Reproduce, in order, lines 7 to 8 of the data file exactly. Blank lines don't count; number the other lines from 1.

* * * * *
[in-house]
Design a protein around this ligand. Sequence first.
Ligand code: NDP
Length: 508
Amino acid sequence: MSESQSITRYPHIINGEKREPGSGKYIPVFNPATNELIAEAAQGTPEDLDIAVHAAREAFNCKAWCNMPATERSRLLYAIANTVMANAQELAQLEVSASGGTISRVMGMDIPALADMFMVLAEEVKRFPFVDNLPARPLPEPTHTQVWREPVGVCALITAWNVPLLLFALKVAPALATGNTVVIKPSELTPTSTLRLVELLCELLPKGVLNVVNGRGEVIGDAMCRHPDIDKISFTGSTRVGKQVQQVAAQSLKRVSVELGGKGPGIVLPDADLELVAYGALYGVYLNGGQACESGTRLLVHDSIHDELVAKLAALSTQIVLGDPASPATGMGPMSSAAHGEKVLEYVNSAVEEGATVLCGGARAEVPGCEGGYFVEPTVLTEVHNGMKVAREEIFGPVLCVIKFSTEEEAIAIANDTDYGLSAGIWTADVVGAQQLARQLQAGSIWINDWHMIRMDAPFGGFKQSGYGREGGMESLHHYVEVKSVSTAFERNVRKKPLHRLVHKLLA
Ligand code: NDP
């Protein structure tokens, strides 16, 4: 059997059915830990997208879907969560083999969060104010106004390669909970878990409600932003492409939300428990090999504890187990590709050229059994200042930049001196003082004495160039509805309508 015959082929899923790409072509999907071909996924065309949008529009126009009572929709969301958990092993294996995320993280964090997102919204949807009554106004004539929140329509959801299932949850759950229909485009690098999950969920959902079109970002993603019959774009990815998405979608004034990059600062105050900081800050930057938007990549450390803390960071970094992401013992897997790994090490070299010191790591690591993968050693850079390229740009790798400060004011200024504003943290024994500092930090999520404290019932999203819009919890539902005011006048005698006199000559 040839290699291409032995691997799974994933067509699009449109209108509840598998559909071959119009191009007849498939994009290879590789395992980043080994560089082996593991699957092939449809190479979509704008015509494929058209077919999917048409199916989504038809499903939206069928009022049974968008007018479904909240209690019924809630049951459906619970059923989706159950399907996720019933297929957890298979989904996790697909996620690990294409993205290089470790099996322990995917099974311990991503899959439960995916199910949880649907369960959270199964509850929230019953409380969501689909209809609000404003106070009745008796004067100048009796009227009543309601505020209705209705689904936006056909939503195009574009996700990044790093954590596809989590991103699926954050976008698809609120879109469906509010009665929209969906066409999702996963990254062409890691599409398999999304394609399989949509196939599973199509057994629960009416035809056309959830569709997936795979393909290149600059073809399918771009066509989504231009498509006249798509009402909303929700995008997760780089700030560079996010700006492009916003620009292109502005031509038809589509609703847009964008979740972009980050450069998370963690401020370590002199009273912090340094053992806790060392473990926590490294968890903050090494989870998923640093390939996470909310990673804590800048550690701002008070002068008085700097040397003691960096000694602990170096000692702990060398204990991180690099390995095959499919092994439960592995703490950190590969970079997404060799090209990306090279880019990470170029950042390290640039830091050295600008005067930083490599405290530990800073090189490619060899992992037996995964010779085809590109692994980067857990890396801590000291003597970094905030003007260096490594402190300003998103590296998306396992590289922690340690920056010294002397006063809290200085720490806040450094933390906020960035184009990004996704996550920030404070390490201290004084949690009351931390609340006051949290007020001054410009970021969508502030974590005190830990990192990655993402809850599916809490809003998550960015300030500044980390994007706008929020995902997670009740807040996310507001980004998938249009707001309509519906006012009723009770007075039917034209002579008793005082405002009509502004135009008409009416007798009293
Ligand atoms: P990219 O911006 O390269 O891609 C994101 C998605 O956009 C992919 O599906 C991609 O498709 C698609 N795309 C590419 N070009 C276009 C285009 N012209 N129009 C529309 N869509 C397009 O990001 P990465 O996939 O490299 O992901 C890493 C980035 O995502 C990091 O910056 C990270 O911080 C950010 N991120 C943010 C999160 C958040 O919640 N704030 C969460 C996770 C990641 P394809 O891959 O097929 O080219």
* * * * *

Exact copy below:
């Protein structure tokens, strides 16, 4: 059997059915830990997208879907969560083999969060104010106004390669909970878990409600932003492409939300428990090999504890187990590709050229059994200042930049001196003082004495160039509805309508 015959082929899923790409072509999907071909996924065309949008529009126009009572929709969301958990092993294996995320993280964090997102919204949807009554106004004539929140329509959801299932949850759950229909485009690098999950969920959902079109970002993603019959774009990815998405979608004034990059600062105050900081800050930057938007990549450390803390960071970094992401013992897997790994090490070299010191790591690591993968050693850079390229740009790798400060004011200024504003943290024994500092930090999520404290019932999203819009919890539902005011006048005698006199000559 040839290699291409032995691997799974994933067509699009449109209108509840598998559909071959119009191009007849498939994009290879590789395992980043080994560089082996593991699957092939449809190479979509704008015509494929058209077919999917048409199916989504038809499903939206069928009022049974968008007018479904909240209690019924809630049951459906619970059923989706159950399907996720019933297929957890298979989904996790697909996620690990294409993205290089470790099996322990995917099974311990991503899959439960995916199910949880649907369960959270199964509850929230019953409380969501689909209809609000404003106070009745008796004067100048009796009227009543309601505020209705209705689904936006056909939503195009574009996700990044790093954590596809989590991103699926954050976008698809609120879109469906509010009665929209969906066409999702996963990254062409890691599409398999999304394609399989949509196939599973199509057994629960009416035809056309959830569709997936795979393909290149600059073809399918771009066509989504231009498509006249798509009402909303929700995008997760780089700030560079996010700006492009916003620009292109502005031509038809589509609703847009964008979740972009980050450069998370963690401020370590002199009273912090340094053992806790060392473990926590490294968890903050090494989870998923640093390939996470909310990673804590800048550690701002008070002068008085700097040397003691960096000694602990170096000692702990060398204990991180690099390995095959499919092994439960592995703490950190590969970079997404060799090209990306090279880019990470170029950042390290640039830091050295600008005067930083490599405290530990800073090189490619060899992992037996995964010779085809590109692994980067857990890396801590000291003597970094905030003007260096490594402190300003998103590296998306396992590289922690340690920056010294002397006063809290200085720490806040450094933390906020960035184009990004996704996550920030404070390490201290004084949690009351931390609340006051949290007020001054410009970021969508502030974590005190830990990192990655993402809850599916809490809003998550960015300030500044980390994007706008929020995902997670009740807040996310507001980004998938249009707001309509519906006012009723009770007075039917034209002579008793005082405002009509502004135009008409009416007798009293
Ligand atoms: P990219 O911006 O390269 O891609 C994101 C998605 O956009 C992919 O599906 C991609 O498709 C698609 N795309 C590419 N070009 C276009 C285009 N012209 N129009 C529309 N869509 C397009 O990001 P990465 O996939 O490299 O992901 C890493 C980035 O995502 C990091 O910056 C990270 O911080 C950010 N991120 C943010 C999160 C958040 O919640 N704030 C969460 C996770 C990641 P394809 O891959 O097929 O080219």